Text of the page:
Last week, one of the largest annual sports events in Denmark took place – Post Danmark Rundt 2013. Like previous years, one of the stages passed through my home town Vejle, including several climbs up the rather steep Kiddesvej, where I (together with my camera and quite a lot of other spectators) had found a good spot to get a look at the action. Getting some decent shots proved harder than hoped though – getting composition and focus right, while also trying not to hit any of the riders with my zoomed-in tele-lens ended up giving me quite a lot…
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My headline currently talks about “computers, robots and photos”, and while there has already been posts on the first and the latter, robots have been missing. Mostly due to my current job at Newtec not having quite the same opportunities for messing around with robots, as my old job in Robolab at the University of Southern Denmark. In any case, during my time in Robolab, I created quite a few videos of my projects, which can still be found on my youtube channel. I’ll see if I can get some videos of some more current projects put together also in…
Had an amazing sunset on the last day of my summer-holiday, with the sun basically shining up on the clouds from below. Lying on the couch watching Top Gear, I had to hurry outside with the camera once I noticed what was going on. Managed to get a few shots, although they don’t really do it justice.
As summer is upon Denmark (and holiday is upon me), I chose to spend the day at Egeskov Castle. Took the bike, which gave me a nice 2 hour ride in each direction. Weather was great, although a pure blue sky does look rather dull in a photo. I’ve had too many summers with bad weather in Denmark to be able to complain about that though ;)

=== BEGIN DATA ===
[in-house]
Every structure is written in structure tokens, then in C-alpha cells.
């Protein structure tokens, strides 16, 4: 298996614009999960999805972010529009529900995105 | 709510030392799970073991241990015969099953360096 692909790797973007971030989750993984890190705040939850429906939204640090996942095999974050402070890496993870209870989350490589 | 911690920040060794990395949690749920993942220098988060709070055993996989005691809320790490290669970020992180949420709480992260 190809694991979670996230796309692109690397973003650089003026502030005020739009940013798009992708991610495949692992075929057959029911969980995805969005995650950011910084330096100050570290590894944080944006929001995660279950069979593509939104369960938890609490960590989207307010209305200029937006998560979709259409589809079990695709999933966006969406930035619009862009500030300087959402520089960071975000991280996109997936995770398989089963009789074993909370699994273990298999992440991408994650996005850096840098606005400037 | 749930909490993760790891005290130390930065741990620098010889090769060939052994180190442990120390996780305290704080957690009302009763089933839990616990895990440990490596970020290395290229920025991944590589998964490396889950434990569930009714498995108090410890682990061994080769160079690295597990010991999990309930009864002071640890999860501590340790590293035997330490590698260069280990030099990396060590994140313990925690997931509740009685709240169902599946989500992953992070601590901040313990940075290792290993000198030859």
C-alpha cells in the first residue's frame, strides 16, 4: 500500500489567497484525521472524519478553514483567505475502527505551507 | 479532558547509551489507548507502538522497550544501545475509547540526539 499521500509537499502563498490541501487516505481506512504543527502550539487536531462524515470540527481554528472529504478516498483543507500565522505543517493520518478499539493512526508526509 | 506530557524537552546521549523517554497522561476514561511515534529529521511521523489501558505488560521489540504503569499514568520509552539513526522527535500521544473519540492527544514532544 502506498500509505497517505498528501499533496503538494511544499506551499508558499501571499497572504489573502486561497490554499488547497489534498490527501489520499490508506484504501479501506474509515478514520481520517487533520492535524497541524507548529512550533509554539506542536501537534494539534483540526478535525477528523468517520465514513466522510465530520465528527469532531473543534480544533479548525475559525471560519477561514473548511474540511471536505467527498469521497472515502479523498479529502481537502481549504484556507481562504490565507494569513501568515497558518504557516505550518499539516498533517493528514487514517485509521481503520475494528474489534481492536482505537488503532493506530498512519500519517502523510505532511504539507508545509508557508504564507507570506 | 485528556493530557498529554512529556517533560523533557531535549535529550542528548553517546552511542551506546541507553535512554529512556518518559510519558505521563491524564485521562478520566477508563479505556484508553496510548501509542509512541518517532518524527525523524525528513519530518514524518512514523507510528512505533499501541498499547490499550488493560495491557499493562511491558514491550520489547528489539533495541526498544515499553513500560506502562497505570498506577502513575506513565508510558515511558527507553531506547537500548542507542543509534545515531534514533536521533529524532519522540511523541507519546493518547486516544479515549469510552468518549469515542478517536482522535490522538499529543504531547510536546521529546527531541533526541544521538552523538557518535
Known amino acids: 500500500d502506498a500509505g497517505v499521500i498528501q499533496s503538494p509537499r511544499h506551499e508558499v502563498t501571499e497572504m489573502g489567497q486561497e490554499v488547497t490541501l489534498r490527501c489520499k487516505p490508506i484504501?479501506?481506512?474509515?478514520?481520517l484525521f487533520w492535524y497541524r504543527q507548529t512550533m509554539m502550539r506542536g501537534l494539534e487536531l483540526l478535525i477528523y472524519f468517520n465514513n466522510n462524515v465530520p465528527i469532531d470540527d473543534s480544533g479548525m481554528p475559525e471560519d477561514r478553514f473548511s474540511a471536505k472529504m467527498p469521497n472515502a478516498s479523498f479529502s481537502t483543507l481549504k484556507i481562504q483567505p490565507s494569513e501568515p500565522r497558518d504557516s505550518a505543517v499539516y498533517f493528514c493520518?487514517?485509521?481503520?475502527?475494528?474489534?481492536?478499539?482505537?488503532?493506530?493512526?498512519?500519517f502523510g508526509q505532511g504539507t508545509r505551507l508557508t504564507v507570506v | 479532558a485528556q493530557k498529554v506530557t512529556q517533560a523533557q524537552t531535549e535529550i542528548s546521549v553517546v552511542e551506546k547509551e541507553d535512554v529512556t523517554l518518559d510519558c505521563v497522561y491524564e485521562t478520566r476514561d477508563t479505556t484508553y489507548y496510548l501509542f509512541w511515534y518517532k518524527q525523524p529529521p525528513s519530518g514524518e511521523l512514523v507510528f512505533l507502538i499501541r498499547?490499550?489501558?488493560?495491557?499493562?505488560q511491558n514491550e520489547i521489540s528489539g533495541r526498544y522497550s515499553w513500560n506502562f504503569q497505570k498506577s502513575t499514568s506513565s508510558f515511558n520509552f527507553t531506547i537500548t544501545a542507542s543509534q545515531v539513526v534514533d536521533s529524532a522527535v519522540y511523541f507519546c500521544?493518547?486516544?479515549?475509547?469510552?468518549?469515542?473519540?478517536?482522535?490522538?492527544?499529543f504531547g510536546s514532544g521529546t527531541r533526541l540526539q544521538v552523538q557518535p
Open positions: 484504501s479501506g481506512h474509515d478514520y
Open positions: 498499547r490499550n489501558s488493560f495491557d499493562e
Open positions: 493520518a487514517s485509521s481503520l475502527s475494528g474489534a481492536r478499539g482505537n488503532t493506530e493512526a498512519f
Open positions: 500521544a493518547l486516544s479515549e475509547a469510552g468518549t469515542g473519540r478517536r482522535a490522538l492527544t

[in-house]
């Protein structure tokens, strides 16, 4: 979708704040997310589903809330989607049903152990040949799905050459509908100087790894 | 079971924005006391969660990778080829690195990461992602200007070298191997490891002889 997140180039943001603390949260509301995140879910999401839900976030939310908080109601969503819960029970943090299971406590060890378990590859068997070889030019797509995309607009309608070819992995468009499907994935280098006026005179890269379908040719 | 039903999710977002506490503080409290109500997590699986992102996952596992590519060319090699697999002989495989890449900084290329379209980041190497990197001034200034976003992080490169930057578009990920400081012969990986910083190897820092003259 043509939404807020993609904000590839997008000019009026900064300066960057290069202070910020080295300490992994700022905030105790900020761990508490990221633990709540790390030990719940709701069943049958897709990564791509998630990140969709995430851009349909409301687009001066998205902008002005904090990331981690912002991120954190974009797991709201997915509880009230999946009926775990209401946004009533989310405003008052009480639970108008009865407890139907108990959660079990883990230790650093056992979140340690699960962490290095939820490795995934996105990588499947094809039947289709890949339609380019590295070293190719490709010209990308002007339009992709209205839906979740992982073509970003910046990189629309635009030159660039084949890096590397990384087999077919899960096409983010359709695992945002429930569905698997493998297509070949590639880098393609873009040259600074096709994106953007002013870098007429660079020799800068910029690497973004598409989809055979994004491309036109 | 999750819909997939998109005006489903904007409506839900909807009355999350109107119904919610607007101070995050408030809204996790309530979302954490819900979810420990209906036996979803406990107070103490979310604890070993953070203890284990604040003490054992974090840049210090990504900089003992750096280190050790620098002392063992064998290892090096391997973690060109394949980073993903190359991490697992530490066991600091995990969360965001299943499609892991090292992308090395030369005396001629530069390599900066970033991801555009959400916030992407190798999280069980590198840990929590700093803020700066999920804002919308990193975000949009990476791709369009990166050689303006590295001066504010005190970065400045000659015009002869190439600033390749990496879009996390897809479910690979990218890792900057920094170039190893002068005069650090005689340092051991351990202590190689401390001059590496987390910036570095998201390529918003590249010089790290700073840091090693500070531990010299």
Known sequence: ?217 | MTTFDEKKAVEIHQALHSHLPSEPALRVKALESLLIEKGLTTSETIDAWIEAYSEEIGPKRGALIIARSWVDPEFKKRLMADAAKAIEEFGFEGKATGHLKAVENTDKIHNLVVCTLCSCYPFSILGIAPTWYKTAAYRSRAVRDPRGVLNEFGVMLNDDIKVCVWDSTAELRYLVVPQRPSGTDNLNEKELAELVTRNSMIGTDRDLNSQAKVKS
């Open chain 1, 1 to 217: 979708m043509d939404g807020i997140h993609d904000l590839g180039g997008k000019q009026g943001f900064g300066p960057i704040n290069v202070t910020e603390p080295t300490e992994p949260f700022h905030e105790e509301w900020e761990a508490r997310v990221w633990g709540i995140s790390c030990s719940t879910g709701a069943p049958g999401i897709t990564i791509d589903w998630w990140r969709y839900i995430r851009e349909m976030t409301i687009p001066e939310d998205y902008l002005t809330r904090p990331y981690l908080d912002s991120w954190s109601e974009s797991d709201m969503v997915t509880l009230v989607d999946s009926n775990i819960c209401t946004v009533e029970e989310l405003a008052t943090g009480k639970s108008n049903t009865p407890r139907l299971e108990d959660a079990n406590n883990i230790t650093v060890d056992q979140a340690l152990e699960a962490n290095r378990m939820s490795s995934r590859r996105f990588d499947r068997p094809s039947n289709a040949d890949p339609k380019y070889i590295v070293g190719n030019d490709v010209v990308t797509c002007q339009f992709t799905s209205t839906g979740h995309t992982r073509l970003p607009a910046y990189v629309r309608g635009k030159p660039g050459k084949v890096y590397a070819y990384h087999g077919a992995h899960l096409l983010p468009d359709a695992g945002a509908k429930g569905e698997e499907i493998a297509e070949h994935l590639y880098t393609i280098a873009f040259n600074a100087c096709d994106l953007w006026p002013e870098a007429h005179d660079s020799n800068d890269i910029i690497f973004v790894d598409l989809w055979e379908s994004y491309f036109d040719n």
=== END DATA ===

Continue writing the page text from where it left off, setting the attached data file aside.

Had a couple of pictures of a sunset in my photo backlog from last november. Better late than never to get them processed.
– continued from part 2.
My first attempt at creating a 100 Hz real-time Linux kernel loop did not work as expected. After getting some good pointers from the linux-rt-users mailing list, and doing some further investigations myself, I decided to reimplement the loop using usleep_range() (further described here). This function basically just sleeps for a specified time (given a minimum and a maximum time to sleep), and thus does not need to have callbacks or similar specified. It should therefore be straight-forward to just create a new thread calling usleep_range() after each iteration, and then schedule it with the real-time scheduler.
At work I recently had to create a set of real-time Linux drivers for our custom hardware board. I’ve found it to be an interesting experience that I’d like to share – especially since it took some help from the PREEMPT_RT community to get the real-time stuff working correctly.
I’ll divide the story into a few parts, starting with a quick description of the setup.
Shots from my recent trip to Tokyo: